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Concerns around volatile energy and economic scenarios appears to have caused a collective pause in new chemical industry investment, according to Mark Eramo, Vice President with IHS Chemical who gave a speech at the IHS Chemical World Petrochemical Conference in Houston, the US on March 16.

During 2009-2014, energy and feedstock markets were characterized by high crude prices globally and lower US natural gas prices as a result of shale. The economy, meanwhile, was defined by strong growth in the developing world led by the "BRIC" countries – Brazil, Russia, India, and China.

"Today, those paradigms have been shattered. Crude oil prices have fallen sharply. India's economy is still growing strongly, but Russia and Brazil struggle with recession and China's economy is undergoing a number of changes, the full impact of which are still unknown," said Eramos. "Energy and economic forecasts are two basic pillars that drive decisions about how and where I'm going to invest if I'm running a chemical company. They've changed, and a reassessment of capital spending is underway."

Basic chemical capacity additions will continue to be dominated by China, but its pace will moderate during the next 10 years, according to IHS Chemical. The US will see the second-largest build up of basic chemical capacity between 2015 and 2025 in a shale-driven resurgence. Low-cost feedstocks are bringing back methanol and ethylene capacity into the US, while China is adding significant chlorine, methanol, and propylene capacity through 2025.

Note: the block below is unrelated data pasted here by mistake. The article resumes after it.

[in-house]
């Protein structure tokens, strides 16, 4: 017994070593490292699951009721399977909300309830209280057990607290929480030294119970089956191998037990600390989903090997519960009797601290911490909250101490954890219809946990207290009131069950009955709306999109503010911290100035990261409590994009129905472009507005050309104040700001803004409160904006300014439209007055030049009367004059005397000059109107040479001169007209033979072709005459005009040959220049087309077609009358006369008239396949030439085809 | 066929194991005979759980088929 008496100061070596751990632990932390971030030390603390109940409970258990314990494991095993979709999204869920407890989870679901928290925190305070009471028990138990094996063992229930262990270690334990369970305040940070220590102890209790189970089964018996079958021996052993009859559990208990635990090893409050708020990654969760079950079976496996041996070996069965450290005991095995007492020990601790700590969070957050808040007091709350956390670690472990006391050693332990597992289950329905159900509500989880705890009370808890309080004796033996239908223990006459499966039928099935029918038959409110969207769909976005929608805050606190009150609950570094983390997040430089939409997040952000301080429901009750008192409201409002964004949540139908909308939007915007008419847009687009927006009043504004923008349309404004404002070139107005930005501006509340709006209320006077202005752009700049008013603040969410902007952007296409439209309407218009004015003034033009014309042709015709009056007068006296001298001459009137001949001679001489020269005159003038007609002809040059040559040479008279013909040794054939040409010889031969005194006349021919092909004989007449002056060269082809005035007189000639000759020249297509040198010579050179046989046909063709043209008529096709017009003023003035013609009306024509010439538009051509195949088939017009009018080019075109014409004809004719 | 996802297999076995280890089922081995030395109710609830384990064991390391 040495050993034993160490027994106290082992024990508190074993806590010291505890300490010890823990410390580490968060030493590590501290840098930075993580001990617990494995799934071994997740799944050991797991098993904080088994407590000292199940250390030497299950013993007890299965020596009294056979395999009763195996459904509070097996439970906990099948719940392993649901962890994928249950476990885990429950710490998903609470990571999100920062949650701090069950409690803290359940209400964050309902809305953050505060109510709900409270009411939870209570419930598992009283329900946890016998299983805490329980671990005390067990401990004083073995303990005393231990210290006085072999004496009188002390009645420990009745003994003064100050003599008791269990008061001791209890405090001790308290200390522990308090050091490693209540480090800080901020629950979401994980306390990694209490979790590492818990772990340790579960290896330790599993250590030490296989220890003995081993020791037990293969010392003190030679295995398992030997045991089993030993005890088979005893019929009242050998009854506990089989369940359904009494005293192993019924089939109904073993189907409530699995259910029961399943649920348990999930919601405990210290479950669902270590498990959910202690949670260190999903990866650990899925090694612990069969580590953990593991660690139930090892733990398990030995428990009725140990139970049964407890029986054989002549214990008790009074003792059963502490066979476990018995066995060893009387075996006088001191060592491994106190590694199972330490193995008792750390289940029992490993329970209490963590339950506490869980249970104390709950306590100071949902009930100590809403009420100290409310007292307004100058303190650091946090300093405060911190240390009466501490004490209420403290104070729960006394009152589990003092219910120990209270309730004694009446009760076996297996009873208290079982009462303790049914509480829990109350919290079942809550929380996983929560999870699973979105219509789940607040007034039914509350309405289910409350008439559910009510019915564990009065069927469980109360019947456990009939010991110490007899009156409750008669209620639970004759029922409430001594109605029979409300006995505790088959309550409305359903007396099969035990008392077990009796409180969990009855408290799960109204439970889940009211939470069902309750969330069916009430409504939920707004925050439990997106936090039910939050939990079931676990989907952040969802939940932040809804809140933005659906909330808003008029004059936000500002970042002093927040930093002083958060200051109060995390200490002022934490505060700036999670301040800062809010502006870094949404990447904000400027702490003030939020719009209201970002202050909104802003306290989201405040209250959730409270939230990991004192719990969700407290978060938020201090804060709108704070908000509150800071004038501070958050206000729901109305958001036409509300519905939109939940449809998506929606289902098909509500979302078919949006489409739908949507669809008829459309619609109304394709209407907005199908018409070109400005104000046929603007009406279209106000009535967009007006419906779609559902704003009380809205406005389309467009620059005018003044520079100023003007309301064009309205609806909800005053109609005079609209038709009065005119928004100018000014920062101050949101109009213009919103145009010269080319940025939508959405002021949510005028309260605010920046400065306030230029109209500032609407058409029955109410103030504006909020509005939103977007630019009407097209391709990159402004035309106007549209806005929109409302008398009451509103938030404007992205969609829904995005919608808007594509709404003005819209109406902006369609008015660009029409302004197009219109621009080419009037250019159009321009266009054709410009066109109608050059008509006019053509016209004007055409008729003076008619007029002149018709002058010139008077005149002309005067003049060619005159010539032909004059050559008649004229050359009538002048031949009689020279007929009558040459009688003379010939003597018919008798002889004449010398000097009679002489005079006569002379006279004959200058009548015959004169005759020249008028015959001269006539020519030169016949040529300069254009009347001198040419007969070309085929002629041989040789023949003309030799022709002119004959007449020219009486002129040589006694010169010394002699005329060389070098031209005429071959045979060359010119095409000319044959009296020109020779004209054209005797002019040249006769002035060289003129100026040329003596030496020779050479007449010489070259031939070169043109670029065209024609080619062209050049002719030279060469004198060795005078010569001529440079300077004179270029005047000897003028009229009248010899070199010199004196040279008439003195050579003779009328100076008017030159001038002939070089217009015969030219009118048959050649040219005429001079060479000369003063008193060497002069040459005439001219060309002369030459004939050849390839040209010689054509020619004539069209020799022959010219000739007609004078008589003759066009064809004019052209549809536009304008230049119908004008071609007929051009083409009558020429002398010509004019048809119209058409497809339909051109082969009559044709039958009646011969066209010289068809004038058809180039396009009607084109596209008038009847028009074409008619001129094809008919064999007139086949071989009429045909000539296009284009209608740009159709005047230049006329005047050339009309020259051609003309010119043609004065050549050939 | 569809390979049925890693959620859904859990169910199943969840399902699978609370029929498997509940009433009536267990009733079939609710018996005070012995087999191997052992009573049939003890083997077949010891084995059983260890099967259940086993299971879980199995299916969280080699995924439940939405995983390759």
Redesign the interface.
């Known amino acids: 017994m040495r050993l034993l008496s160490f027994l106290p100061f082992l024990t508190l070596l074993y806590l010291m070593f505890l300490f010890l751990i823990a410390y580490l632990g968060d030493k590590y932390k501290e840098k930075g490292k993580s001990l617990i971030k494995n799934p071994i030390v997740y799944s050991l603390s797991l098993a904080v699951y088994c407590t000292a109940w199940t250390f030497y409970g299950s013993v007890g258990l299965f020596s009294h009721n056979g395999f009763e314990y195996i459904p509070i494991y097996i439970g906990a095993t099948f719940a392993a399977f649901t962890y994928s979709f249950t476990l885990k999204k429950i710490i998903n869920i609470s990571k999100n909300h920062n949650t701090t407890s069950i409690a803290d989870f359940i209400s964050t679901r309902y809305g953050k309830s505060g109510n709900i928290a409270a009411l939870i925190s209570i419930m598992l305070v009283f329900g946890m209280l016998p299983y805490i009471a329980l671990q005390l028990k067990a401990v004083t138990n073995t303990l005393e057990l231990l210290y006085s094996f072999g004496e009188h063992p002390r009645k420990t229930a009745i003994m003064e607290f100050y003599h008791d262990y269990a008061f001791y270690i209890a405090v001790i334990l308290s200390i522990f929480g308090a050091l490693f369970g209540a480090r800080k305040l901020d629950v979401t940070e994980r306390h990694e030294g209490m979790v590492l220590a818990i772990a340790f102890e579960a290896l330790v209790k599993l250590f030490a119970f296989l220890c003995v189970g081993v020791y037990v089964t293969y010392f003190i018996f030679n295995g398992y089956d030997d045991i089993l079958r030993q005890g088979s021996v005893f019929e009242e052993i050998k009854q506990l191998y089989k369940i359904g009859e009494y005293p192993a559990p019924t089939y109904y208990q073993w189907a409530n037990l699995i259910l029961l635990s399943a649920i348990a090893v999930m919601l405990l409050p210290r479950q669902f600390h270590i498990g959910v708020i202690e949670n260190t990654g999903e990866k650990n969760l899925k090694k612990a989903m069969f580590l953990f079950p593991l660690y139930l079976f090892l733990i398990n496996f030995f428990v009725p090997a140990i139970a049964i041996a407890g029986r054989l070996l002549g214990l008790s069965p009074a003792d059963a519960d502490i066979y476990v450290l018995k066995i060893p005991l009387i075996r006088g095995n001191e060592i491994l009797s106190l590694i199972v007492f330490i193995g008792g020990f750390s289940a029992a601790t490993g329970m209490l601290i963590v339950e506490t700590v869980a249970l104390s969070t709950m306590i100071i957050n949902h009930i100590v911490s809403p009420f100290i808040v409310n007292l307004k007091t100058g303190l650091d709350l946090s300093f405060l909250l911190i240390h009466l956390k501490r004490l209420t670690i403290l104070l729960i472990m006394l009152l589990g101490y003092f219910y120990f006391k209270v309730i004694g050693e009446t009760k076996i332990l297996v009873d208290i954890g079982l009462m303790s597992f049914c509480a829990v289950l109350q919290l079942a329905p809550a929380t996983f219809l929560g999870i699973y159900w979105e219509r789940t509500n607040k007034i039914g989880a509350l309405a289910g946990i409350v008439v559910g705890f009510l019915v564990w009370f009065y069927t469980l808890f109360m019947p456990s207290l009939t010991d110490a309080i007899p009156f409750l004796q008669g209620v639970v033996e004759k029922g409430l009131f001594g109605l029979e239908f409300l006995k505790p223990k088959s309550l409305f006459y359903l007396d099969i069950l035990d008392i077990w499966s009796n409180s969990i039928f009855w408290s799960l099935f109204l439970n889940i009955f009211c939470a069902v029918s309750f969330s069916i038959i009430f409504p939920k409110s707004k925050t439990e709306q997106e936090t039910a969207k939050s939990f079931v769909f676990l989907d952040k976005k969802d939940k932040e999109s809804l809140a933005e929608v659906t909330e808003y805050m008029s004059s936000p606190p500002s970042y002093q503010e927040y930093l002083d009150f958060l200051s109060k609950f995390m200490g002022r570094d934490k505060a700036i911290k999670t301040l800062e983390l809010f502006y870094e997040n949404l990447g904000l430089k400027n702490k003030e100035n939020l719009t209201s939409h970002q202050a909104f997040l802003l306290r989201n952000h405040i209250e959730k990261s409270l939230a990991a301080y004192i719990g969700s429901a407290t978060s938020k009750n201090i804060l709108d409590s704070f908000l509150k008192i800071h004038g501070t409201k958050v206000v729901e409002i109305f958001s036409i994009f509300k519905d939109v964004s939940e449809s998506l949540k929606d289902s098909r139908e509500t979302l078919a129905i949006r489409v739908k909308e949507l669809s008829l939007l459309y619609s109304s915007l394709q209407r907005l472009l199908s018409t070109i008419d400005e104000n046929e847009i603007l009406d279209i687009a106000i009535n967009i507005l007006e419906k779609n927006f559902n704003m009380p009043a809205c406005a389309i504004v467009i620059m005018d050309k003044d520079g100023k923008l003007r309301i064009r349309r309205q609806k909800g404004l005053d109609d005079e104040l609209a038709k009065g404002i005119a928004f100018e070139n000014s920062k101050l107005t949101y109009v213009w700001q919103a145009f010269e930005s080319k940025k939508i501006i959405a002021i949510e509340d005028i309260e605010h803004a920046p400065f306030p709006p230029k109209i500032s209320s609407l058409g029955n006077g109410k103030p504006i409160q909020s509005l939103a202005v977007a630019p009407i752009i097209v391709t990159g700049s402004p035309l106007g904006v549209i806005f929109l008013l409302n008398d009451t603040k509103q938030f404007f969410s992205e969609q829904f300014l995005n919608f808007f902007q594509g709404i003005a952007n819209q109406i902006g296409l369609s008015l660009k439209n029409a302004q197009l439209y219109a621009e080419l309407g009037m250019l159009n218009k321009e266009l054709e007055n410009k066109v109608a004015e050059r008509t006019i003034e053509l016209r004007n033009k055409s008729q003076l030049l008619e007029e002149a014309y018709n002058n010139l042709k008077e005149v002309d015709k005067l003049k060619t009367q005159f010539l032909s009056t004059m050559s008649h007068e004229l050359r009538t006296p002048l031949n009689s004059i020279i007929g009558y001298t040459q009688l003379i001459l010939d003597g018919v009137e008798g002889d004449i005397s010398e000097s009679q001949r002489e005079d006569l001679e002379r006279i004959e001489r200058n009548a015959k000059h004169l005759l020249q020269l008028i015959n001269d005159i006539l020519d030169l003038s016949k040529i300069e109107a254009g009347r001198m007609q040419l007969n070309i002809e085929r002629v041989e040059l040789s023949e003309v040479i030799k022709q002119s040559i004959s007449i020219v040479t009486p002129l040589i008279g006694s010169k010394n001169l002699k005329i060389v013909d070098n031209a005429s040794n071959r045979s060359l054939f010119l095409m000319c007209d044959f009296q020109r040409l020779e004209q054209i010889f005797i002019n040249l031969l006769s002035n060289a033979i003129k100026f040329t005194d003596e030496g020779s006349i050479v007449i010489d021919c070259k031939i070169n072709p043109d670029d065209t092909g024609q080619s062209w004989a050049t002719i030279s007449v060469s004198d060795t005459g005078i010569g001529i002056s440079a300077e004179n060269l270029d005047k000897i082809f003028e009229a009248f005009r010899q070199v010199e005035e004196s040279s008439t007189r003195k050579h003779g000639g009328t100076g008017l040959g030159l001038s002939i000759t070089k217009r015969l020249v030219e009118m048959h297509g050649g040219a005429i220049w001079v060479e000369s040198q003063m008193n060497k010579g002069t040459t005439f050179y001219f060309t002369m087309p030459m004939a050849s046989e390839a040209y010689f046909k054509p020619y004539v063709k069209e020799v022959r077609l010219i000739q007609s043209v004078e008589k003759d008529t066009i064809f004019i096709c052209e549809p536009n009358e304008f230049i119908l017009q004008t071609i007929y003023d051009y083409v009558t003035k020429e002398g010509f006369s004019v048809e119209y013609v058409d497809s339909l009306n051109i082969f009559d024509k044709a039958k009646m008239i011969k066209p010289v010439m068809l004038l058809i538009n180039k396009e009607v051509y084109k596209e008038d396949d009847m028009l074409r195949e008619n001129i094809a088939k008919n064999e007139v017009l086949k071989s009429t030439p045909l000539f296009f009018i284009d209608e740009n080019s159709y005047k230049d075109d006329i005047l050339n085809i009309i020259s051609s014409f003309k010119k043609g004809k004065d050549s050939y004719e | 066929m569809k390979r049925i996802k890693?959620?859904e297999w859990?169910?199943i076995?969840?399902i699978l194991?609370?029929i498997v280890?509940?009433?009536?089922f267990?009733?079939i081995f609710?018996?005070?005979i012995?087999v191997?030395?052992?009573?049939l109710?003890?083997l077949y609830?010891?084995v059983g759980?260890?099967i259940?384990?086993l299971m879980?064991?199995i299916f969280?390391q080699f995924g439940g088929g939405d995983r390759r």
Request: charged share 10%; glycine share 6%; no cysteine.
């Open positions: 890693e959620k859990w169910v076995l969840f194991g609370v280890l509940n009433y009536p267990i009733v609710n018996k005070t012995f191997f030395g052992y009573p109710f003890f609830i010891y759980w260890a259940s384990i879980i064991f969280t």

The Middle East will continue to add capacity, but expansions have leveled off after a surge in the 2000s. India will also add significant capacity, while Indonesia, Malaysia, and Vietnam will join the top-10 ranking of countries adding basic chemicals capacity.

IHS Chemical forecasts that demand for basic chemicals – ethylene, propylene, methanol, benzene, para-xylene, and chlorine – will grow 4% per year through 2020. Ethylene, propylene, and methanol are expected to grow at faster-than-GDP rates with more modest growth forecast for benzene, chlorine, and para-xylene.

Capacity additions during the next few years are largely set, but delays could have implications for 2020 and beyond. "Board room decisions require higher returns for approval given near term uncertainties," Eramo said. "Risk premiums have gone up, causing some to defer approvals."

Uncertainty is likely to persist until energy markets stabilize and signal more predictable outcomes. "The high level of uncertainty around energy and economic fundamentals present planners with difficult scenarios for identifying the best path forward," he added. "Investment decisions placed 'on hold' could lead to supply limitations in 2020 and beyond. If we have sustained global economic growth and accelerated demand growth along with it, you could see certain sectors facing very tight market conditions."

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